Questions from the Audience: The ethics of selection
Several of the audience members raised questions related to what I have chosen to call the ethics of selection. Questions related to the selection of the sperm donor, for example: Who is selected as a sperm donor? What information is provided to potential clients about the sperm donor ? Is the donor’s criminal records, if any, included as common information? And finally, how do the recipients select the sperm donor? Can they select sperm donor according to the donor’s attributes such as his occupation, family, and academic background? While extended donor profile lists make donor selection more sophisticated presenting the potential client (customer or patient) with a wide range of choices, selection in the clinics is usually made in light of phenotype matching. Consequently, clinicians try to match the donor and the recipient in terms of eye color, hair color, skin color, and height. Several of the Danish interviewees travelling for egg donation, also, privilege educational background, however.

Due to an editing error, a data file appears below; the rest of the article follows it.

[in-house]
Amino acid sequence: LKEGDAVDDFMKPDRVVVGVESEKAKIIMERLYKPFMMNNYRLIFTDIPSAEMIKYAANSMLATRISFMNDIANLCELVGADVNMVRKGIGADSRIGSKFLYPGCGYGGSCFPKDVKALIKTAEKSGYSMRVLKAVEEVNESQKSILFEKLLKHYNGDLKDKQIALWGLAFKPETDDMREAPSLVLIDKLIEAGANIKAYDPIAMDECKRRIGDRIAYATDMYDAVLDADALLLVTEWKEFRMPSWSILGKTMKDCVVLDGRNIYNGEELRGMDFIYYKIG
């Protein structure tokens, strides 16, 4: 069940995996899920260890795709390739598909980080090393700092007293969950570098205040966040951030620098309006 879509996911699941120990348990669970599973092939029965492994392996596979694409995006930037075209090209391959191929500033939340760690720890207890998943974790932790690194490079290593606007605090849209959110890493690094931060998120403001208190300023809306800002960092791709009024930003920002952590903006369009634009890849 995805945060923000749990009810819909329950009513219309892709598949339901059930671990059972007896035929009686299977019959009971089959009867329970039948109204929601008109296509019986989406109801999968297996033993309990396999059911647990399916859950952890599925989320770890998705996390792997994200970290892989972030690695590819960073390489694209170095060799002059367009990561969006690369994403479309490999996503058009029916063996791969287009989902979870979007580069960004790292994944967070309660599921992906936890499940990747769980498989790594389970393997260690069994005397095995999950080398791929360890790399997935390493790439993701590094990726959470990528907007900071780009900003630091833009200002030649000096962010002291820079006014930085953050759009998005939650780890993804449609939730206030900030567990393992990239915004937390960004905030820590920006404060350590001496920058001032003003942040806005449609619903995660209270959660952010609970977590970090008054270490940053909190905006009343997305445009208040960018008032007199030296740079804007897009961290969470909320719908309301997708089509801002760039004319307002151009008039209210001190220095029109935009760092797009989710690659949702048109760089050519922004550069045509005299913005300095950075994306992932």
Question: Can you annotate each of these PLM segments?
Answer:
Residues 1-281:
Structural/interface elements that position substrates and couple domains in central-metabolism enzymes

Conclusion
In short, in the KinTra project we employ feminist anthropological, cultural studies, bioethical, and sociological perspectives to understand the ways that babies, bodies, and bioethics today move. While we in the current project have tended to privilege the experiences of the intended mothers, surrogates, and adoptees, we are increasingly now also turning our attention towards the clinical expertise and the donor bodies that move transnationally as well.